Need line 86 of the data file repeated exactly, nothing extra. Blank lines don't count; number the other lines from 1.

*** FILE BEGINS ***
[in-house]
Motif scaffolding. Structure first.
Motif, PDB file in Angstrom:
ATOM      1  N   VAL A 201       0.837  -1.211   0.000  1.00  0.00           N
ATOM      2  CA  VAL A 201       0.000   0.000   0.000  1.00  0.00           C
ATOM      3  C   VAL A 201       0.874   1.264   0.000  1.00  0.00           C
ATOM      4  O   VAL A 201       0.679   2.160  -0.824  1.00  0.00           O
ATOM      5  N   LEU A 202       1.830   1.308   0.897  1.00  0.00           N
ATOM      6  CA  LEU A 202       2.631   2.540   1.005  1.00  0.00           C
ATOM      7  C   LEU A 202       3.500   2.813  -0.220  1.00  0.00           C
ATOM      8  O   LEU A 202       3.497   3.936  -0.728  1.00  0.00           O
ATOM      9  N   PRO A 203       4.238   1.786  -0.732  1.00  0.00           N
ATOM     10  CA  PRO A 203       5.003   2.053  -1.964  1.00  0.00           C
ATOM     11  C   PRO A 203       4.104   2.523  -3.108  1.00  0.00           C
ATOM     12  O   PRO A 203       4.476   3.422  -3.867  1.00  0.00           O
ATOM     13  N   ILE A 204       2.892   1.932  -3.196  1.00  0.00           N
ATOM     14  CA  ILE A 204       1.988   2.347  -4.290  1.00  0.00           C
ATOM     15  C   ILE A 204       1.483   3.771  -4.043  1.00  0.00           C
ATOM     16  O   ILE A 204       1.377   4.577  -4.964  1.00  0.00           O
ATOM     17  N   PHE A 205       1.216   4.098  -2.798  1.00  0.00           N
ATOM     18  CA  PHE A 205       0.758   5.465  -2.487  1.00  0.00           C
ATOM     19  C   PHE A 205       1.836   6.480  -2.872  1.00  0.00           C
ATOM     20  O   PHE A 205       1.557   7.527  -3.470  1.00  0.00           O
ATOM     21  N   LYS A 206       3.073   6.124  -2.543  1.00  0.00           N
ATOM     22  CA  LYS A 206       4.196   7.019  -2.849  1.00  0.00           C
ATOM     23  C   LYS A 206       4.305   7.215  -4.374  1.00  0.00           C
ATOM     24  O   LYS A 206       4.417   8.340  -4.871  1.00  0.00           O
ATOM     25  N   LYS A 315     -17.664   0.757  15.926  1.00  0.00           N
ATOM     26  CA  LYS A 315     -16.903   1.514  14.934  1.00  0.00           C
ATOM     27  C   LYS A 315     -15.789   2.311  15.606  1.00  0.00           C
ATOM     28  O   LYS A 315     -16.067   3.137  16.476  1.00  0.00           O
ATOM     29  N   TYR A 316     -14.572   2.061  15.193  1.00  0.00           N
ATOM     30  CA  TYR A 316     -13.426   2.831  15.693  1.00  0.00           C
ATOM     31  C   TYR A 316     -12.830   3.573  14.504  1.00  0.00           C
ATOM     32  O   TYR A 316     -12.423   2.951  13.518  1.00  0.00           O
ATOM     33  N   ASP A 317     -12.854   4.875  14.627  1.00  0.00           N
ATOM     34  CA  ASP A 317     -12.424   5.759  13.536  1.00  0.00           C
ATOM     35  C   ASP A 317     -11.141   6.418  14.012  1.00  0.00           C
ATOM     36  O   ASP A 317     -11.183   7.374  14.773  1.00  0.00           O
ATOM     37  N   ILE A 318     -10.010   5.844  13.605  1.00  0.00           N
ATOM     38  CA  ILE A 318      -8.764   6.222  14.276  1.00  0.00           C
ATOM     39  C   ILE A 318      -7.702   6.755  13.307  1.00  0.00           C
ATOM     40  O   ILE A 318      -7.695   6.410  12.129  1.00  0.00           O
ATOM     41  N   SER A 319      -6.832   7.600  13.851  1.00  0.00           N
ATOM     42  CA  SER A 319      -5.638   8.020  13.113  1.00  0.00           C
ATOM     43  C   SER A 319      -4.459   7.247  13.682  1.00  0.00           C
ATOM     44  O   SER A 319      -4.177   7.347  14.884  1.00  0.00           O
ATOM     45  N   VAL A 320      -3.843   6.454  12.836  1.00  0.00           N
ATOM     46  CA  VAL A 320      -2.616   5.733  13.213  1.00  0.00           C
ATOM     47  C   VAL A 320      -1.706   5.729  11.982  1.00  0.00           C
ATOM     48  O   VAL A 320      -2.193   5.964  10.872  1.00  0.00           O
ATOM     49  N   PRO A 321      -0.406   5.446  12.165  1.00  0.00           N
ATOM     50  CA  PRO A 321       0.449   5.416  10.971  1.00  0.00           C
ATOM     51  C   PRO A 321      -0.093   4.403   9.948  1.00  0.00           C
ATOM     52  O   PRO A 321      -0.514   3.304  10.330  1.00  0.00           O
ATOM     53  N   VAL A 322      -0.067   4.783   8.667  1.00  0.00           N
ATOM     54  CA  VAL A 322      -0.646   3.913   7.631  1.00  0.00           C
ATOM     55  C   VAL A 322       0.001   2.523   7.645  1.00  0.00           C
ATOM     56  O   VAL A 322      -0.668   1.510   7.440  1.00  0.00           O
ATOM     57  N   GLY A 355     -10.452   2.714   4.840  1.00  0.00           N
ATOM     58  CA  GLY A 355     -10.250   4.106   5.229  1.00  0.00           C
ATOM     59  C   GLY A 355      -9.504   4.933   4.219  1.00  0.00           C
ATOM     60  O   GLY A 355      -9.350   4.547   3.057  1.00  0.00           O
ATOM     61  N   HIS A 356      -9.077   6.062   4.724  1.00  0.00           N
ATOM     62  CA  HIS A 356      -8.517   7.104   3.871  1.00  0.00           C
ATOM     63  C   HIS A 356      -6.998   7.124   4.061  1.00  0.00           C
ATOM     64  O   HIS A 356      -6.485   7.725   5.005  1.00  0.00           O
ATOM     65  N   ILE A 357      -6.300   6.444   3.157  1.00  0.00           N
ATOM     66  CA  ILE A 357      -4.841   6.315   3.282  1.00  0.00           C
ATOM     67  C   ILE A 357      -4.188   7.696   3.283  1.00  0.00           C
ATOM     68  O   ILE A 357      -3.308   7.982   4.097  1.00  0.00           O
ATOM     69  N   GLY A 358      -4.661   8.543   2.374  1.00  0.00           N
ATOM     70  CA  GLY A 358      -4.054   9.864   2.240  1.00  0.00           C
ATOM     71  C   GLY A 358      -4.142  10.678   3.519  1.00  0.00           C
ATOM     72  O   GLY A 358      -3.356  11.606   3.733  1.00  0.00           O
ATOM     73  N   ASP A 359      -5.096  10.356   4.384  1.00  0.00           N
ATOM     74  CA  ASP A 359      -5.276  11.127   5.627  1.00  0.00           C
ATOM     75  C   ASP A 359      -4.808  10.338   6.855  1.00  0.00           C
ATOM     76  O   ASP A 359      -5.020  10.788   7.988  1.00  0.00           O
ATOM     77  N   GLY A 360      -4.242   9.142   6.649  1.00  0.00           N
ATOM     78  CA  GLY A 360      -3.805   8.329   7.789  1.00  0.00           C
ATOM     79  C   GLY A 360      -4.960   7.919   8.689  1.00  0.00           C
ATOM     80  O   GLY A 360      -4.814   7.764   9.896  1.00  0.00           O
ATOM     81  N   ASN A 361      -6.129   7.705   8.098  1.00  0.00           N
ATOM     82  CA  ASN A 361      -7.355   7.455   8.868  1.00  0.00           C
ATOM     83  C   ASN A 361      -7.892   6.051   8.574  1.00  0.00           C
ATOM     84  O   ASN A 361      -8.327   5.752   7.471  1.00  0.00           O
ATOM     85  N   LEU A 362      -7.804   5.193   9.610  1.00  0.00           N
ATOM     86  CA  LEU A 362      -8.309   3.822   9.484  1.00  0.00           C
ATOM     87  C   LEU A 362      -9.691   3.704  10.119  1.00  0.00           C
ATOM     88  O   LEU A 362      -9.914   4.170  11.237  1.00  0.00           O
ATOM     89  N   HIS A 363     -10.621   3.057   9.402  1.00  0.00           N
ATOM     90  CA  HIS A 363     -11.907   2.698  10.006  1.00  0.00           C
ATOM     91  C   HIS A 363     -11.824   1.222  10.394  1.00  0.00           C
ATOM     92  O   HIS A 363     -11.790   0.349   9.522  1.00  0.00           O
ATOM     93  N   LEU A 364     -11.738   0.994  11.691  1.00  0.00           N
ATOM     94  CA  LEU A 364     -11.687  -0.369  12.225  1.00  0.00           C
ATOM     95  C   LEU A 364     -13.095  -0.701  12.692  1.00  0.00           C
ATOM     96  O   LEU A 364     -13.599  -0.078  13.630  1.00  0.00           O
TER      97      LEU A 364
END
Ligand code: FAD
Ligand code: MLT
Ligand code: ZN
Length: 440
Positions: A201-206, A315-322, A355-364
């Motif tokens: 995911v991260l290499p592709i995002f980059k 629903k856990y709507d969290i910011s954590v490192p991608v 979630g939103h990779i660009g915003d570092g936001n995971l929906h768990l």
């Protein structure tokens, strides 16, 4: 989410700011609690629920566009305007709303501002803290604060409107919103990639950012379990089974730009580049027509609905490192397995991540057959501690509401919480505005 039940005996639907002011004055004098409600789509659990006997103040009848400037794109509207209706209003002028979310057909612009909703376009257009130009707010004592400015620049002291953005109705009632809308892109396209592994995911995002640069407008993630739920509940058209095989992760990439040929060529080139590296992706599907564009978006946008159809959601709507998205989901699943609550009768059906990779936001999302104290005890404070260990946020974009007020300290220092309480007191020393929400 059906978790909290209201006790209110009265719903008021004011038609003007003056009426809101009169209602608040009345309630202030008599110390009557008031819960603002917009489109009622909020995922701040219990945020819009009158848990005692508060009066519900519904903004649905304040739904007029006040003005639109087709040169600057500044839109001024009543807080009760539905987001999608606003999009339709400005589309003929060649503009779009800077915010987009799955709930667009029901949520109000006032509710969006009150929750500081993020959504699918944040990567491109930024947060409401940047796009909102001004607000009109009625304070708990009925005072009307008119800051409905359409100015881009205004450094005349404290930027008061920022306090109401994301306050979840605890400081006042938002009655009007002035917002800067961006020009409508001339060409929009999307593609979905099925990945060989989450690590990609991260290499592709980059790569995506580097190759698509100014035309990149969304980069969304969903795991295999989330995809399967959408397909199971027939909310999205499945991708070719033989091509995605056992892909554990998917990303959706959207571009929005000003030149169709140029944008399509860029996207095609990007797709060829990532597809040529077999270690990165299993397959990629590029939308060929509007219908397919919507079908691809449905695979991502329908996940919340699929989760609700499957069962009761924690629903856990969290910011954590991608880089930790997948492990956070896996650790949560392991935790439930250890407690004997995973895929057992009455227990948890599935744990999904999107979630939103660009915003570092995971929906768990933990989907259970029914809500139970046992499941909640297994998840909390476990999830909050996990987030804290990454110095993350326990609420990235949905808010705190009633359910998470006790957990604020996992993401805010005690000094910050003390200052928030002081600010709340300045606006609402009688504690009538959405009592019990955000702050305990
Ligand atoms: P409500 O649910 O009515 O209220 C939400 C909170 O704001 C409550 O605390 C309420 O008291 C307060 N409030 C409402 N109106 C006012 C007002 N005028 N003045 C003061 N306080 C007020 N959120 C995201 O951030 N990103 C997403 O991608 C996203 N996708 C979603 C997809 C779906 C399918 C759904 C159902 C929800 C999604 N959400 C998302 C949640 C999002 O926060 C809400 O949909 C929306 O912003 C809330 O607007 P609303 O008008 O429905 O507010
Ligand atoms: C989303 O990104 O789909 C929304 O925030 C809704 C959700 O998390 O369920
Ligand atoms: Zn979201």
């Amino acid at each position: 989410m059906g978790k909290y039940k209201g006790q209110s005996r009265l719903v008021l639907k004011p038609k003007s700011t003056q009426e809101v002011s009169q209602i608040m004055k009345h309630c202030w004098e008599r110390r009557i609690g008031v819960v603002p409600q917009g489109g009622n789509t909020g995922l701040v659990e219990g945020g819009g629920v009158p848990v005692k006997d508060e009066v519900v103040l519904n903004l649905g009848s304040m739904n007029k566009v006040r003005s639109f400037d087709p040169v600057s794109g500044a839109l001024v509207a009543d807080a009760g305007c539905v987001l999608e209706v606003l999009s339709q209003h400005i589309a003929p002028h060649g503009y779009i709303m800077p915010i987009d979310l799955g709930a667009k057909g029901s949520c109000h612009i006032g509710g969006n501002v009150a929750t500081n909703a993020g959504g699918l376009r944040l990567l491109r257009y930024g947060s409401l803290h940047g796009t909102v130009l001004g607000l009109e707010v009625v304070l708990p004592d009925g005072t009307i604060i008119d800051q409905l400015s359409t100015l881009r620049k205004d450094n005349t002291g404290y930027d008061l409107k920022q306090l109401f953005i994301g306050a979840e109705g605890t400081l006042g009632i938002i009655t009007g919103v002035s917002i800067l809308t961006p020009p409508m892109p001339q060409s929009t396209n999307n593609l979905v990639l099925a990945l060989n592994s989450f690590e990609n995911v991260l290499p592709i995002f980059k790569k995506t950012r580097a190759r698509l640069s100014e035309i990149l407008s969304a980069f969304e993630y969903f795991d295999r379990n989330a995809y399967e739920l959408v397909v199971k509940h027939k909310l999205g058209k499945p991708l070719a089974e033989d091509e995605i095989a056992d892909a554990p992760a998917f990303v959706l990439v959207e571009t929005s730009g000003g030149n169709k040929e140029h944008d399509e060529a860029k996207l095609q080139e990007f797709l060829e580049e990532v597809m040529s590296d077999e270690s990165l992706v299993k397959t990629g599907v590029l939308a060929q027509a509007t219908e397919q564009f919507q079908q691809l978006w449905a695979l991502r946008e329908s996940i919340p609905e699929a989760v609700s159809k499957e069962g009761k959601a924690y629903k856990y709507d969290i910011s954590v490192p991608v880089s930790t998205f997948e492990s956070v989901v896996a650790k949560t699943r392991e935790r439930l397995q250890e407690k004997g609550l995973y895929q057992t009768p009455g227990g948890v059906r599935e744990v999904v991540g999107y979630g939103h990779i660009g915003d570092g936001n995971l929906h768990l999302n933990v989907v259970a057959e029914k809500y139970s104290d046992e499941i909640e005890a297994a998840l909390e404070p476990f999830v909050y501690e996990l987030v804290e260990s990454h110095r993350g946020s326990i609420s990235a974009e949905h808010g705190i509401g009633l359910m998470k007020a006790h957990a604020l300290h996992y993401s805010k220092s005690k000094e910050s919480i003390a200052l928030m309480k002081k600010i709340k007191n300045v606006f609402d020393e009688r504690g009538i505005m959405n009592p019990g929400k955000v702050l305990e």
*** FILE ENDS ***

ATOM     83  C   ASN A 361      -7.892   6.051   8.574  1.00  0.00           C